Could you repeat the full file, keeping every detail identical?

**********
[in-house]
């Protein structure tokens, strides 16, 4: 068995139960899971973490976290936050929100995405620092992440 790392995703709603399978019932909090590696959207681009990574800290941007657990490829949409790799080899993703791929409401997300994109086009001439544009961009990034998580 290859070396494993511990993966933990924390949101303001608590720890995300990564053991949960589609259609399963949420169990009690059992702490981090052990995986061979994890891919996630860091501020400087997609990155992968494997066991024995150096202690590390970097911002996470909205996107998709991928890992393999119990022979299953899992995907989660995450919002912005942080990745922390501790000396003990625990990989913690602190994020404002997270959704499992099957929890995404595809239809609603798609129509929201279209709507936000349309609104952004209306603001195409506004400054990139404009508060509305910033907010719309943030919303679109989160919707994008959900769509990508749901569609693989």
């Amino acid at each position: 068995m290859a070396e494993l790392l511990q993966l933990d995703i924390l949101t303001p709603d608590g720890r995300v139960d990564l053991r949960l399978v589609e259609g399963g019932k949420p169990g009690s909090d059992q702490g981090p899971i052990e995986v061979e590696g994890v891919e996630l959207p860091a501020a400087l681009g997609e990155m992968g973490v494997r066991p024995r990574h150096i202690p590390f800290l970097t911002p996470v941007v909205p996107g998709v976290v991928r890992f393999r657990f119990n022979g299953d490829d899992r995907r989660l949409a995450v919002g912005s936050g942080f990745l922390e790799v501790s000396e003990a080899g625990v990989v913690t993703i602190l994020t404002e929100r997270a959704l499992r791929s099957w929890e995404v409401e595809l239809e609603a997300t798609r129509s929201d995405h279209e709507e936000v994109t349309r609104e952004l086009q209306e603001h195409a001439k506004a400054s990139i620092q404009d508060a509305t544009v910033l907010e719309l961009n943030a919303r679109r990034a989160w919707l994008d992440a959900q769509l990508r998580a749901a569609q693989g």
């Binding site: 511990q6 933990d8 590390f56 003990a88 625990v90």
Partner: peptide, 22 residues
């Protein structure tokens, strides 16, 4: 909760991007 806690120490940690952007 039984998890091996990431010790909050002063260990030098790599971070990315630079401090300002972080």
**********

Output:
[in-house]
């Protein structure tokens, strides 16, 4: 068995139960899971973490976290936050929100995405620092992440 790392995703709603399978019932909090590696959207681009990574800290941007657990490829949409790799080899993703791929409401997300994109086009001439544009961009990034998580 290859070396494993511990993966933990924390949101303001608590720890995300990564053991949960589609259609399963949420169990009690059992702490981090052990995986061979994890891919996630860091501020400087997609990155992968494997066991024995150096202690590390970097911002996470909205996107998709991928890992393999119990022979299953899992995907989660995450919002912005942080990745922390501790000396003990625990990989913690602190994020404002997270959704499992099957929890995404595809239809609603798609129509929201279209709507936000349309609104952004209306603001195409506004400054990139404009508060509305910033907010719309943030919303679109989160919707994008959900769509990508749901569609693989």
């Amino acid at each position: 068995m290859a070396e494993l790392l511990q993966l933990d995703i924390l949101t303001p709603d608590g720890r995300v139960d990564l053991r949960l399978v589609e259609g399963g019932k949420p169990g009690s909090d059992q702490g981090p899971i052990e995986v061979e590696g994890v891919e996630l959207p860091a501020a400087l681009g997609e990155m992968g973490v494997r066991p024995r990574h150096i202690p590390f800290l970097t911002p996470v941007v909205p996107g998709v976290v991928r890992f393999r657990f119990n022979g299953d490829d899992r995907r989660l949409a995450v919002g912005s936050g942080f990745l922390e790799v501790s000396e003990a080899g625990v990989v913690t993703i602190l994020t404002e929100r997270a959704l499992r791929s099957w929890e995404v409401e595809l239809e609603a997300t798609r129509s929201d995405h279209e709507e936000v994109t349309r609104e952004l086009q209306e603001h195409a001439k506004a400054s990139i620092q404009d508060a509305t544009v910033l907010e719309l961009n943030a919303r679109r990034a989160w919707l994008d992440a959900q769509l990508r998580a749901a569609q693989g």
């Binding site: 511990q6 933990d8 590390f56 003990a88 625990v90």
Partner: peptide, 22 residues
């Protein structure tokens, strides 16, 4: 909760991007 806690120490940690952007 039984998890091996990431010790909050002063260990030098790599971070990315630079401090300002972080």